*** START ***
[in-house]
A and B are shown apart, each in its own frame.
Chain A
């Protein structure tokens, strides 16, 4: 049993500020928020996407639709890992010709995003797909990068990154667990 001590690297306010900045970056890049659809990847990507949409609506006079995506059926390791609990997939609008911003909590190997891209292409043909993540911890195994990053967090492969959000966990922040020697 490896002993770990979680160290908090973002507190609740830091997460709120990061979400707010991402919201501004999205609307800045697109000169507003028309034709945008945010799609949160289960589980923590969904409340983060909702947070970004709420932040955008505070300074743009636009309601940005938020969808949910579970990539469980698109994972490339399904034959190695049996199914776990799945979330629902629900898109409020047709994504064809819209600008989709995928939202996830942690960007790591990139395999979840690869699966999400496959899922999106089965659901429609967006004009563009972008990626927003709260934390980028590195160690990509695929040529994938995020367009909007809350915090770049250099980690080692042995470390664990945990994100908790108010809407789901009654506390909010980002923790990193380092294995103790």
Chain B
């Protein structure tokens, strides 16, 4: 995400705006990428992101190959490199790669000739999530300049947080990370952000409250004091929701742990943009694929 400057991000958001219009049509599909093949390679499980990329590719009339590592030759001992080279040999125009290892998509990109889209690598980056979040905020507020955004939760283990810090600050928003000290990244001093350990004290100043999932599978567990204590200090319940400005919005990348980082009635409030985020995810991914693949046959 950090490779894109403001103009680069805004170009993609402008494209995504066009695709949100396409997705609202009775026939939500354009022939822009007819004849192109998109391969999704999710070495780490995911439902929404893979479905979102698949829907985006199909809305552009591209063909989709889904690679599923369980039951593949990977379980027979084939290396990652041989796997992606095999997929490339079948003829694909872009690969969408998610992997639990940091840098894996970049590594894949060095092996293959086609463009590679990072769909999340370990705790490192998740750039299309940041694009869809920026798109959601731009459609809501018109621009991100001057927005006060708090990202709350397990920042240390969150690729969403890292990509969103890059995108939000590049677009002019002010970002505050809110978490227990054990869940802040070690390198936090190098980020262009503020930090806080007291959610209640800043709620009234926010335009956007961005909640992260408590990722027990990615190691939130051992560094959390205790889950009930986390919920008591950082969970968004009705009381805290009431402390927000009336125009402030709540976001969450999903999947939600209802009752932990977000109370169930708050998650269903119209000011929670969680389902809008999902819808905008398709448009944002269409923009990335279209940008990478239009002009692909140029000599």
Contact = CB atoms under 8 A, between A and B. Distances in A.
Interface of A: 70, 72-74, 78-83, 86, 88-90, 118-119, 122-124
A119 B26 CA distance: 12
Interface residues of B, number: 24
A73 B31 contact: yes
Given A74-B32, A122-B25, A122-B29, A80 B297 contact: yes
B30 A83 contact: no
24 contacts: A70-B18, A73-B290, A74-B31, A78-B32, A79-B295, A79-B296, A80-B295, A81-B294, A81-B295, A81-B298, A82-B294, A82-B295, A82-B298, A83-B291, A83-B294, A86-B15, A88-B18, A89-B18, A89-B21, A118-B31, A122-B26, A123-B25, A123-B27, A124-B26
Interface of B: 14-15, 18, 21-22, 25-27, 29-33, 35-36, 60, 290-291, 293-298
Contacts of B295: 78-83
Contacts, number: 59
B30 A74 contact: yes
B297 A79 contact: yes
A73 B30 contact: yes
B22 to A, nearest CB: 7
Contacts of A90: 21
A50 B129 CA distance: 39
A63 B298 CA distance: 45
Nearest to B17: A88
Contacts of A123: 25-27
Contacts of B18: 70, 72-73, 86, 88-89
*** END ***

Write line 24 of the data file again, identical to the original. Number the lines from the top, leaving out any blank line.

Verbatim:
A63 B298 CA distance: 45